There are many different reasons you may see flashing lights in your vision. It may be because you sat up too fast, or because you move from a dark room to a bright light; however, it may be because of a retinal problem as well.
The most common cause of flashing lights
Possibly the most common cause of flashing lights in your vision is a posterior vitreous detachment. This occurs when the vitreous, which is the jelly that fills up the back part of your eye, pulls itself away from the retina that it is attached to. Almost 75% of people will have this happen at some time during their life! The vitreous pulls off the retina slowly over the course of 4-6 weeks. As it pulls, you may notice flashing lights in the periphery of your vision. It is also common to notice the formation of new and even sometimes large floaters in your vision as a result of the vitreous separating from the retina. In rare cases the vitreous may pull a piece of the retina with it, causing a break or tear in the retina.
A retinal break or tear is much less common than a vitreous detachment, but it may have the same symptoms. If this occurs it is often necessary to treat the break or tear with a laser to prevent permanent loss of vision from a retinal detachment.
A retinal detachment when the retina itself pulls away from the back of the eye. The retina is the part of the eye that receives the image you see and sends it to the brain for processing. If the retina separates from the back of the eye you have an emergency situation. You may lose vision very quickly and permanently from a retinal detachment. People who are very nearsighted, have a history of an eye injury or eye surgery, or have a family history of retinal detachments are more likely to develop one themselves. Common symptoms of a retinal detachment are flashing lights or floaters in your vision, or a curtain or shadow covering and closing off part of your vision.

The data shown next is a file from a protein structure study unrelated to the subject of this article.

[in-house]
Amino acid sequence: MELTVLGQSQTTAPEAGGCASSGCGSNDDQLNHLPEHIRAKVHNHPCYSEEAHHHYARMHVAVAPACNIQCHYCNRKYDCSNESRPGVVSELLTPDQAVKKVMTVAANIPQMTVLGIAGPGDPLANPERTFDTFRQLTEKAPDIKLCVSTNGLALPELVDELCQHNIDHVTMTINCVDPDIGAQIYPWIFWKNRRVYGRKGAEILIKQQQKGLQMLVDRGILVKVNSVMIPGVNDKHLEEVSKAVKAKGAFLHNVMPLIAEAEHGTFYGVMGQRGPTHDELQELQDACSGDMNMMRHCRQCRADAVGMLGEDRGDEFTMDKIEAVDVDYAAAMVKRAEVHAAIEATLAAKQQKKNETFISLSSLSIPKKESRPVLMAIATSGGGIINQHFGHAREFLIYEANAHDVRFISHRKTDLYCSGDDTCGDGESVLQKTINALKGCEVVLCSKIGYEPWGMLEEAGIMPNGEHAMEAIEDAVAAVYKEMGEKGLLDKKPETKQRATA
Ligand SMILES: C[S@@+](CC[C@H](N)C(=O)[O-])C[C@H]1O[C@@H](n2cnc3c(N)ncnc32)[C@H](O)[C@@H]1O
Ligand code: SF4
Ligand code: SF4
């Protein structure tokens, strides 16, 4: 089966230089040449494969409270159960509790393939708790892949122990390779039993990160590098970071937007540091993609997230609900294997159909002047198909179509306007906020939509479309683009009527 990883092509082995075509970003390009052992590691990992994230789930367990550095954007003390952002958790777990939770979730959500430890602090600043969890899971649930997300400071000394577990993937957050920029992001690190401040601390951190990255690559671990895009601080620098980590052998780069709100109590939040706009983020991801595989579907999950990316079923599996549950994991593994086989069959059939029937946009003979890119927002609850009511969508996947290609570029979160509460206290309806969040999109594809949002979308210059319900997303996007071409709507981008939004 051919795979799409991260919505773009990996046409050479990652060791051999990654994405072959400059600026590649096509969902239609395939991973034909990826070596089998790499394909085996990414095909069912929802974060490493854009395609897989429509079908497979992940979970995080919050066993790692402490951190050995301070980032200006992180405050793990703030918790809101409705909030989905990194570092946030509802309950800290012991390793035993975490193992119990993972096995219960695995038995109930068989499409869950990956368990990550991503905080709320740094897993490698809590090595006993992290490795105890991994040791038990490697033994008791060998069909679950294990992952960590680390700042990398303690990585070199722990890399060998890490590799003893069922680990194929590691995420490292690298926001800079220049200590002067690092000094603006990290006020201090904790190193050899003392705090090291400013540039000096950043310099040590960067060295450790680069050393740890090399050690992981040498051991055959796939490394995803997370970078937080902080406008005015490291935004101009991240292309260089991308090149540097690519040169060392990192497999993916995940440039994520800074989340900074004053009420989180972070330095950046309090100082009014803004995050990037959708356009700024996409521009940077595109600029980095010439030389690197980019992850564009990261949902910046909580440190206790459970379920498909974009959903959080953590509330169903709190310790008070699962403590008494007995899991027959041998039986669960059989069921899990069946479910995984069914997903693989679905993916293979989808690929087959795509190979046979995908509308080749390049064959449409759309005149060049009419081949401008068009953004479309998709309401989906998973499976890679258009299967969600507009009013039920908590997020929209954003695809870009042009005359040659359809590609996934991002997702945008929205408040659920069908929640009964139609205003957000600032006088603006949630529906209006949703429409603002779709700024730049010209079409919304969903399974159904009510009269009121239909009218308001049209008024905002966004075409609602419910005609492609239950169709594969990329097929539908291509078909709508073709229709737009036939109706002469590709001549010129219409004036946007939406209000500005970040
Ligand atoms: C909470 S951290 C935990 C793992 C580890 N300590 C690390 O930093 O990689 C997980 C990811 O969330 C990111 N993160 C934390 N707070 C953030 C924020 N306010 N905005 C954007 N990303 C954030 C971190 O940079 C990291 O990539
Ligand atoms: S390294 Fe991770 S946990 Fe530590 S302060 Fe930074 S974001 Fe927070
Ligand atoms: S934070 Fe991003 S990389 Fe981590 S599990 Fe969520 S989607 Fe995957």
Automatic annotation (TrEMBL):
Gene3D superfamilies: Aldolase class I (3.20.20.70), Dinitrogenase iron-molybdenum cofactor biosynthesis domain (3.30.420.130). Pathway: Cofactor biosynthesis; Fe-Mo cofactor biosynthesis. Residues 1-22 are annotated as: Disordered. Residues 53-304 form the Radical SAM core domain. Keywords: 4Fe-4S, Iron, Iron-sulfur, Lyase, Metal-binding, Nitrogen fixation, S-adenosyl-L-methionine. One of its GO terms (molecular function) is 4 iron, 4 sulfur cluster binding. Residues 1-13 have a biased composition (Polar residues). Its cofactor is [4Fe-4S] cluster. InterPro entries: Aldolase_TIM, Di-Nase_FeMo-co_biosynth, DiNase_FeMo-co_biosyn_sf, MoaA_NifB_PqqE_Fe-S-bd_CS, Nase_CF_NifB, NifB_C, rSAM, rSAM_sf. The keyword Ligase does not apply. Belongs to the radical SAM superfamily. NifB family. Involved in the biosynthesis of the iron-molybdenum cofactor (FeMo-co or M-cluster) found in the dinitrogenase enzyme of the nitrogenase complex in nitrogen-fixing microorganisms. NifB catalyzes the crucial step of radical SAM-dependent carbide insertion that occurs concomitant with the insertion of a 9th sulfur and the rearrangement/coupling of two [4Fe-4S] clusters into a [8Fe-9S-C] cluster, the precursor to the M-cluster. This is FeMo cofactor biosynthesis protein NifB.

Occasionally people who suffer from migraine headaches may see flashing lights in their vision as well. This is known as an aura and typically precedes a migraine headache. These flashing lights are described as jagged or moving lines that start in one part of the vision and move across the vision over a period of about 10 to 15 minutes.
Some people see specks or lines floating in their vision. Many times these are normal and are the result of light casting a shadow from natural strands in the vitreous onto the retina. Eye movements cause these floaters to move and they are often hard to look directly at. Floaters can also be a result of pigment being released from a break or tear in the retina so they should be evaluated as well. In the normal eye, floaters that appear will gradually become less noticeable over time.
For more information on Flashes and Floaters or any other disorder of the eye, contact one of our eye doctors in Katy, Clear Lake/Pearland, Bellaire or Northwest office.
6699 Chimney Rock Rd
Houston, TX 77081
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Katy, TX 77493
CLEAR LAKE /PEARLAND
Houston, TX 77089
Houston, TX 77065